Cancer treatment can be complex. It may involve chemotherapy, radiation, surgery, or a combination of these treatments. Some non-traditional therapies may be used in tandem with these standard treatments. They are called complementary therapies or sometimes CAM, short for complementary and alternative medicine.
Today, many cancer specialists support the use of complementary therapies to augment standard treatment. They recognize the important role that CAM treatments can play in easing symptoms and improving the lives of people with cancer. As a result, some complementary methods are now taught in medical schools and offered by clinics and hospitals.
What are complementary therapies?
The term complementary therapy is applied to a broad range of practices. They are often divided into categories such as:
- Mind-body therapies, which include yoga, meditation, and hypnosis
- Manual therapies, which include many types of massage and hands-on therapies
- Energy therapies, which include acupuncture, tai chi, and qigong
- Biologically based therapies, which include herbs, vitamins, and supplements
Do they work?
Research suggests that some complementary treatments can reduce symptoms of cancer or cancer treatment. For example, studies in people with cancer have shown that:
- Acupuncture can help relieve cancer-related pain, nausea, and vomiting associated with chemotherapy and dry mouth caused by radiation therapy.
- Yoga can improve mood and quality of life and reduce nausea after chemotherapy.
- Manual therapies such as Swedish massage, reflexology, and acupressure can reduce pain, anxiety, distress, and fatigue.
- Hypnosis can help decrease pain, anxiety, nausea, and vomiting. It may also reduce hot flashes in women after breast cancer treatment.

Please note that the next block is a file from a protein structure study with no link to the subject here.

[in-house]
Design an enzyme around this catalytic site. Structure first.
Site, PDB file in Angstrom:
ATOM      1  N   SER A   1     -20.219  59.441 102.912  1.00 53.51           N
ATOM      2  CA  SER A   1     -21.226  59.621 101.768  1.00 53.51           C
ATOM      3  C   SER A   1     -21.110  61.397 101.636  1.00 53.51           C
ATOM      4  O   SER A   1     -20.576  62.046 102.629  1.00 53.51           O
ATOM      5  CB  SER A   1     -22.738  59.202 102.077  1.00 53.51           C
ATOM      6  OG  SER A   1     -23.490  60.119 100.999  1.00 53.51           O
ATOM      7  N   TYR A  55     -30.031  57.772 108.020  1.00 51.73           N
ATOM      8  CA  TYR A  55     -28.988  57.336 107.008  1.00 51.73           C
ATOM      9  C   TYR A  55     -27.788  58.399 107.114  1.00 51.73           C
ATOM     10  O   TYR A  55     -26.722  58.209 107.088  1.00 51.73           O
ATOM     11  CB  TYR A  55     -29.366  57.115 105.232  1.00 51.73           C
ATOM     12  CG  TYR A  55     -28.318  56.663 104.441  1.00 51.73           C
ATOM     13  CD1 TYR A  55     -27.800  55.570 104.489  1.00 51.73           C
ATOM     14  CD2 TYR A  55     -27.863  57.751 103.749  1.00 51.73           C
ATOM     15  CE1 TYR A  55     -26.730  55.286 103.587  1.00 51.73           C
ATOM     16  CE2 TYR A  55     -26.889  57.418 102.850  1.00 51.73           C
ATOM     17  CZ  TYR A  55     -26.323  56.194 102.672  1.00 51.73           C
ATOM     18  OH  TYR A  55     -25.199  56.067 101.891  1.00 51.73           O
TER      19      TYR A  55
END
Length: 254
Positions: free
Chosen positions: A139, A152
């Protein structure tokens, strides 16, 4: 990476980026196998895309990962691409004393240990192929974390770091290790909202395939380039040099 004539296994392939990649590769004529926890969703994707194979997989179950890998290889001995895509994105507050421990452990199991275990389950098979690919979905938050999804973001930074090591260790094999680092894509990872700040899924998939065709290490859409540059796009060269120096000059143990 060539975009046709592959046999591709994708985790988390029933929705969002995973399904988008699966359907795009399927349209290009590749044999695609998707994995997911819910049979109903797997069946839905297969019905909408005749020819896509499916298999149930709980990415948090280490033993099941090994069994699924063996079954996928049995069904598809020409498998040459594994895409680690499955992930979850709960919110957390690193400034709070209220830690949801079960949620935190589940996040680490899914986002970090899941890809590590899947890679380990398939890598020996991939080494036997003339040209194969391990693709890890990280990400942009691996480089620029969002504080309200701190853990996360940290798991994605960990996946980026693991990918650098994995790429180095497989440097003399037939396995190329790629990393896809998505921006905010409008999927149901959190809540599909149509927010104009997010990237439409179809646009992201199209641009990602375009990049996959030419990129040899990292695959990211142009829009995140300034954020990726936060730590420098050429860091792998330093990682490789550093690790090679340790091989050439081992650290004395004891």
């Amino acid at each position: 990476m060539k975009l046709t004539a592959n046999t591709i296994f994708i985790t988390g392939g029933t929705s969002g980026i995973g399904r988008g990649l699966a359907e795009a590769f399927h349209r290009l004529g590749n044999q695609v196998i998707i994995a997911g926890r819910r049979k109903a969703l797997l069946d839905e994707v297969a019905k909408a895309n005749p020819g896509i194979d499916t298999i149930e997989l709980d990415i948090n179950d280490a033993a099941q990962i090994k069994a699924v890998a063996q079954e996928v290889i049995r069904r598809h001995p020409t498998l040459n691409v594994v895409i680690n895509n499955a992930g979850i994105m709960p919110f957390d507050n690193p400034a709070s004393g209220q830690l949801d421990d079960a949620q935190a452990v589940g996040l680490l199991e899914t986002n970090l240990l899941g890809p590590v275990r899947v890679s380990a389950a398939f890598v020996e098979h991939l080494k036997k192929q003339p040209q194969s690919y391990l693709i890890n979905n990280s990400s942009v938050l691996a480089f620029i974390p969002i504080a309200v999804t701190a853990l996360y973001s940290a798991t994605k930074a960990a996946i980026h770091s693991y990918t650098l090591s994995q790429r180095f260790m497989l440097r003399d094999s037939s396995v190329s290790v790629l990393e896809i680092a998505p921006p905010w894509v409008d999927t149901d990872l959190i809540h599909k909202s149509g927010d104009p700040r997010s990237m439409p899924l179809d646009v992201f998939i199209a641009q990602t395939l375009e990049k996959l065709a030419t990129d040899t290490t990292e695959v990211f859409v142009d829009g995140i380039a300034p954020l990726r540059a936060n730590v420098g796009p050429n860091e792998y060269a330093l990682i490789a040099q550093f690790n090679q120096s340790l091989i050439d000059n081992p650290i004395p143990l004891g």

- Energy therapies such as Reiki, therapeutic touch, and qigong may help reduce stress and improve quality of life.
- Relaxation techniques such as guided imagery can reduce stress, pain, anxiety, and side effects from chemotherapy.
Research continues on these and other treatments to improve the lives of people with cancer.
It's not "either/or"
Some people with cancer are tempted to give up on mainstream medicine and turn to unconventional treatments instead. But there is no evidence that any alternative therapies can halt or slow cancer. Valuable time may be lost if unproven therapies are used in place of proven ones.
Complementary therapies, on the other hand, are used along with standard treatments. They may help you feel better both physically and emotionally as you cope with cancer.
If you are interested in trying a complementary therapy:
- Check with your doctor first to make sure it is safe to use with your prescribed treatments.
- Find a qualified practitioner. Ask your doctor to recommend someone who has experience treating people with cancer.
A word about supplements
Biologically based therapies such as herbs, vitamins, and other supplements are widely used by people with cancer. This may be in part because they are easy to find and relatively cheap. At present, though, there is no evidence to support their use. In some cases, they may actually be dangerous or undermine standard treatments.
Protect your health by being a savvy consumer:
- Be wary of any claims you see or hear about herbs or supplements marketed for cancer.
- Check out any claims on trusted sites such as the National Center for Complementary and Alternative Medicine, National Cancer Institute, and myOptumHealth.com.
- Never take any herbs, vitamins, or other supplements without talking to your doctor first.
Created on 07/14/2008
Updated on 06/03/2011
- Deng GE, Frenkel M, Cohen L, et al. Evidence-based clinical practice guidelines for integrative oncology: complementary therapies and botanicals. Journal of the Society for Integrative Oncology. 2009;7(3):85-120.
- University of Minnesota. Taking charge of your health: choosing integrative healthcare.
- National Center for Complementary and Alternative Medicine. Cancer and CAM: what the science says. NCCAM Clinical Digest. October 2010.
- National Cancer Institute. Thinking about complementary and alternative medicine: a guide for people with cancer.